Kansas City Chiefs punter Dustin Colquitt missed two games last season but managed to still have a very respectable year. But as Bob Gretz reports, the only reason Colquitt’s numbers were down at all was because of injuries that most of us were not allowed to know about during the season.
There are some fans who think being mysterious about injuries is something new to the Chiefs under the direction of GM Scott Pioli. Not so. Last year under Herm Edwards players were told specifically not to talk about their injuries. Sometimes they slipped and revealed too much to the media. They ended up hearing about it from the coaching staff and one player said he was fined for giving away information on his health.
Attempts to keep an opponent from knowing there might be a physical problem is understandable. But it leaves a player hanging when he struggles through a season and the fans and media do not know why he has problems.
So how does a punter get hurt? In Colquitt’s case it wasn’t from kicking. It was from holding. Go back to the ‘08 off-season and the Chiefs were trying to find a kicker. They were auditioning three for several months: Billy Cundiff, Nick Novak and rookie Connor Barth. Along the way other kickers came to town to workout, guys like Mike Vanderjagt and Jay Feely. It was Colquitt who held for all of those kickers, working out of a crouched position for hours.
“I was holding three days a week, 70 some kicks every day for those three days and I started experiencing some weird feelings in my groin…At the Carolina game I came back out at halftime and I had that firecracker feeling going on in that area. I didn’t know what it was.”
That firecracker feeling was a sports hernia. Then in the second half against the Panthers, Colquitt got off a good punt. That’s when his groin muscle pulled away from the bone. That was followed by problems with his pelvic region.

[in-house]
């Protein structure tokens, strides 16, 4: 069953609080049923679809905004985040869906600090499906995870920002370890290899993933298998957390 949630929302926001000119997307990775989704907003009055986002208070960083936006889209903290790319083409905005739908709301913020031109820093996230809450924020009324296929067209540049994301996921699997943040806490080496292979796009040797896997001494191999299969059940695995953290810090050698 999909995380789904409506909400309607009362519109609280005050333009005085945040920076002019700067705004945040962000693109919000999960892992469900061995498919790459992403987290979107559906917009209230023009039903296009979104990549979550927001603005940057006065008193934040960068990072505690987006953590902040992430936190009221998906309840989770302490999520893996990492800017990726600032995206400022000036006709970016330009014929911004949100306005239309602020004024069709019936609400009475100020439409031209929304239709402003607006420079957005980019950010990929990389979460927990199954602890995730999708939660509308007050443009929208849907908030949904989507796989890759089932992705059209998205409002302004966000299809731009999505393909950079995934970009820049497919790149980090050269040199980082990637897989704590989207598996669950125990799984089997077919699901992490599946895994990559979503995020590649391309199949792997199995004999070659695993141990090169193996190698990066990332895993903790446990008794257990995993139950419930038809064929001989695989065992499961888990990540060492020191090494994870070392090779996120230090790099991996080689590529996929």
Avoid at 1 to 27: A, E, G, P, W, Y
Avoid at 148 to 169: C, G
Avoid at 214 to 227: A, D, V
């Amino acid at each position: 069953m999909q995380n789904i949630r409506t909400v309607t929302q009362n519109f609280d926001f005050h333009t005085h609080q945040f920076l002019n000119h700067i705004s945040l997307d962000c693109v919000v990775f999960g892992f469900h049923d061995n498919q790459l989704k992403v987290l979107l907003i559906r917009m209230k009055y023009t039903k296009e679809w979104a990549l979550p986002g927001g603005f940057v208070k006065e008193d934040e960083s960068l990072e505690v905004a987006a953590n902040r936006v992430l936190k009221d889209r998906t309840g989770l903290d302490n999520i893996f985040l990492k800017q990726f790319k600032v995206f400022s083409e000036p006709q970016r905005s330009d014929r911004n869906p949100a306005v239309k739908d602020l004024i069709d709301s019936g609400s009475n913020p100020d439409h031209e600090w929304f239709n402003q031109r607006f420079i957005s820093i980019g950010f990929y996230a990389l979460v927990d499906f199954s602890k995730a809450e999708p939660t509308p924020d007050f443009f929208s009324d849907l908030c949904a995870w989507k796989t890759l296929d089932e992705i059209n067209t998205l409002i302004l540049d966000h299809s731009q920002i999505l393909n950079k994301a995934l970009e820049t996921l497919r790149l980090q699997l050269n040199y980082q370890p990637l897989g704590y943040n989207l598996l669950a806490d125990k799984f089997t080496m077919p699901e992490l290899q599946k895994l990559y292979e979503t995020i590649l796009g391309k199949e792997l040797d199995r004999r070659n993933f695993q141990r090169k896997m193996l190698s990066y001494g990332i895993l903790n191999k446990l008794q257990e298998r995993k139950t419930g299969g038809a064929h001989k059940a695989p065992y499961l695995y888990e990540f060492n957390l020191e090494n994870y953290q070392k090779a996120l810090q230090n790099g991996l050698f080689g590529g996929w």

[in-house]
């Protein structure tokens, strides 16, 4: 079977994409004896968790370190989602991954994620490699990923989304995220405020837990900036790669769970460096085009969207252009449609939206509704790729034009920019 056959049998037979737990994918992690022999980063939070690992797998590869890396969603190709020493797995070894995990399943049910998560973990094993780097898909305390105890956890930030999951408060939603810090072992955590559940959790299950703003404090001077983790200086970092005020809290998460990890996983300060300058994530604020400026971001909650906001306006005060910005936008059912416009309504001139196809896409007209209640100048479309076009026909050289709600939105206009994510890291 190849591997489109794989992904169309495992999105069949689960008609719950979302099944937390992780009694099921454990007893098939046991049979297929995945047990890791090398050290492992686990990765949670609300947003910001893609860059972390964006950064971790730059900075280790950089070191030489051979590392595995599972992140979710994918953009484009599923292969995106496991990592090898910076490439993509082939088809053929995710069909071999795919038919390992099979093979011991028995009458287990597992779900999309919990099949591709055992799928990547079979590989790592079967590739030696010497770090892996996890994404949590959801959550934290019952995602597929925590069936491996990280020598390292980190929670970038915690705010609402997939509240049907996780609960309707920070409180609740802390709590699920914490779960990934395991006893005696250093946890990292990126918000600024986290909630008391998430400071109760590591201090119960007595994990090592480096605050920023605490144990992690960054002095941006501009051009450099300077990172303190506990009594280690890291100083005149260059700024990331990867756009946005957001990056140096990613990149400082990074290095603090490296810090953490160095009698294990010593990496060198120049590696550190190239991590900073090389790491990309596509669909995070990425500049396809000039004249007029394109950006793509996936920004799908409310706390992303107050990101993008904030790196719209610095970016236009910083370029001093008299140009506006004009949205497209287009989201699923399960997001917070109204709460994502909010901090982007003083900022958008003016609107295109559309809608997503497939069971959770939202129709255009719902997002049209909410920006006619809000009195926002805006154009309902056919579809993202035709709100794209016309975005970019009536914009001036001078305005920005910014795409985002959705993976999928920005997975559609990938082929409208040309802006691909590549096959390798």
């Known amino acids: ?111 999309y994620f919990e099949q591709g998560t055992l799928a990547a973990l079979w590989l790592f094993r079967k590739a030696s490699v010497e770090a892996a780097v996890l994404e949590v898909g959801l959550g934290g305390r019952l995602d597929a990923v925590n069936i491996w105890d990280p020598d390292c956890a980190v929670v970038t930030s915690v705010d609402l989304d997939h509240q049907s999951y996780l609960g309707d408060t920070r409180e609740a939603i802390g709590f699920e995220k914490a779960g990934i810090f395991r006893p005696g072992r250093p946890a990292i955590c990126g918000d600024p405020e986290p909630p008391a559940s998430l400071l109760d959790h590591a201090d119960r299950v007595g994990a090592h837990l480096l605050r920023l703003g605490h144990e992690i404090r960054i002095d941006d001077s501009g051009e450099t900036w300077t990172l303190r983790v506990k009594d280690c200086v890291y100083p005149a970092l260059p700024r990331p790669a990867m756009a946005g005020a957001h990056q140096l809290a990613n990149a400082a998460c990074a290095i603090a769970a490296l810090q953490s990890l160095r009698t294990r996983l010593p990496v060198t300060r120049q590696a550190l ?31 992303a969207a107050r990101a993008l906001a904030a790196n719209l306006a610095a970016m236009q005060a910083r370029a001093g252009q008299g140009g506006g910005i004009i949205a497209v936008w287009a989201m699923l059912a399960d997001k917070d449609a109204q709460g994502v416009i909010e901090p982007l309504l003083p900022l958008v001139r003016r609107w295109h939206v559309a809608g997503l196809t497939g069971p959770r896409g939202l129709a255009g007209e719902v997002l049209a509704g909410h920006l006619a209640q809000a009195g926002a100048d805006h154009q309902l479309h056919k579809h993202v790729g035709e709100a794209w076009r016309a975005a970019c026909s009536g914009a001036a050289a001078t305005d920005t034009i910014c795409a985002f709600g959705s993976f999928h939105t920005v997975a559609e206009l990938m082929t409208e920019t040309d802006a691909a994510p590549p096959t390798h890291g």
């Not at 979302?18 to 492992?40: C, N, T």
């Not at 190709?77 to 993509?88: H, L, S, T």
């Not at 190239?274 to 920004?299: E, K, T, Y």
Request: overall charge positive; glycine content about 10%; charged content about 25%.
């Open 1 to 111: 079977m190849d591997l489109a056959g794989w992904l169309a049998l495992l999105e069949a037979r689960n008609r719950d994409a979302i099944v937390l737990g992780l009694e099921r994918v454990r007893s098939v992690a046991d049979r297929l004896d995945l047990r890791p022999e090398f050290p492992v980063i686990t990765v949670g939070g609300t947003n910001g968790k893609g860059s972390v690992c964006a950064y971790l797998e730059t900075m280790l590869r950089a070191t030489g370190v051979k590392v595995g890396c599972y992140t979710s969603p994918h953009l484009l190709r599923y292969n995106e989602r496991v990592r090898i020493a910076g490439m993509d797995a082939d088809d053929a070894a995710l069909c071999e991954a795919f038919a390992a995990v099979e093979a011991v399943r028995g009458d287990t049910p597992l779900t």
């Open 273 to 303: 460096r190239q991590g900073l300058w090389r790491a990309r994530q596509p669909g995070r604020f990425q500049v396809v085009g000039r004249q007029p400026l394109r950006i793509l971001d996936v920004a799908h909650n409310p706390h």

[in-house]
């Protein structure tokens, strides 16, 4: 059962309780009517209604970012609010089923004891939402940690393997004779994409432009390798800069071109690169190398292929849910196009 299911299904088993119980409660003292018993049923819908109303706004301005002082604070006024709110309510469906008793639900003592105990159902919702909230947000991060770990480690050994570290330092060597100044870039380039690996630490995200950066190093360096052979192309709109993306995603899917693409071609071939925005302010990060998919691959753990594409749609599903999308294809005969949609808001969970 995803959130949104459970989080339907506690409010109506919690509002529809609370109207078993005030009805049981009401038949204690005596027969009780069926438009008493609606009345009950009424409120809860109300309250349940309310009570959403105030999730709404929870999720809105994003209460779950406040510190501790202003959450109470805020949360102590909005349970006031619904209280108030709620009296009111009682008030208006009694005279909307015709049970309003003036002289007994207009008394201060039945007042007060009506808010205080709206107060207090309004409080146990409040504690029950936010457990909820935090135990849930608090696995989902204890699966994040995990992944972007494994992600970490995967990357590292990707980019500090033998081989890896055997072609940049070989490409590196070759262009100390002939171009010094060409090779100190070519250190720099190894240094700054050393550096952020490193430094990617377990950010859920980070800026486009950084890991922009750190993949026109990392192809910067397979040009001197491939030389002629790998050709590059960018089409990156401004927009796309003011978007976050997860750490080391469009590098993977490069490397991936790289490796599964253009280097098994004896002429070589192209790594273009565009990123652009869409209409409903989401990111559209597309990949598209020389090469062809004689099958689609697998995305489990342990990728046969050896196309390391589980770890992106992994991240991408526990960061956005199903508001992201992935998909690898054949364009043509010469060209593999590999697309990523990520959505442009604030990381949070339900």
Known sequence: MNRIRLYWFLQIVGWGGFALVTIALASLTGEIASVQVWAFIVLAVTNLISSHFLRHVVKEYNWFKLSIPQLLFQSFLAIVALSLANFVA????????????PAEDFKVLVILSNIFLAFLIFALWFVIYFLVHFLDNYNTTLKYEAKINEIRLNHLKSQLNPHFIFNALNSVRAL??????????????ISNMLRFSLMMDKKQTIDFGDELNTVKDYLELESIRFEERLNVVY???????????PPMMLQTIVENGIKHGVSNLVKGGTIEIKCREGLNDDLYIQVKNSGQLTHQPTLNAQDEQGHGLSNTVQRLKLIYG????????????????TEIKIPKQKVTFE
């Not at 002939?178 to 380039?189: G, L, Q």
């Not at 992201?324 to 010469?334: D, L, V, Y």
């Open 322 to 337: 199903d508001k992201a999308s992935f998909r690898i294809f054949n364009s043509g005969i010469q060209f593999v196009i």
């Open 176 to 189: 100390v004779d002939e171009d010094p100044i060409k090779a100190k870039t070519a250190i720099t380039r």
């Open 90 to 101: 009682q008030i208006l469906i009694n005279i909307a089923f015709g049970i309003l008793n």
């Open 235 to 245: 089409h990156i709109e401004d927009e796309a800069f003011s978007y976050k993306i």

“Everybody thought it was just a groin injury, but it was pelvic floor damage and the sports hernia too. I couldn’t run at all. Getting out of a chair was tough.”
Right now, the best thing for Colquitt as he prepares for the 2009 season is that he’s healthy. The groin is fine. The sports hernia was taken care of with surgery and his pelvis is back to normal. He’s free and clear to bomb all those hard to handle punts that he wants.
“Going through last season was tough, but I learned a few things. I’m proud of what I got done under difficult circumstances, but I look forward to kicking this year without pain and being even more effective.”
I’ve said it before and I’m not ashamed to say it again: Colquitt is one of my favorite Chiefs. He has been on the field more than any Chief over the past three seasons seasons — he punted 95 times (95!) in 2007 and over 70 times in ’06 and ’08. It’s also a great nugget from Gretz, about Herm Edwards and his staff telling the players not to reveal any information about injuries. Hopefully Colquitt doesn’t get to work nearly as much as he has in years past and can stay healthy. If the offense does stall, it will be good to have a bomber coming off the sidelines to give the defense field position to work with.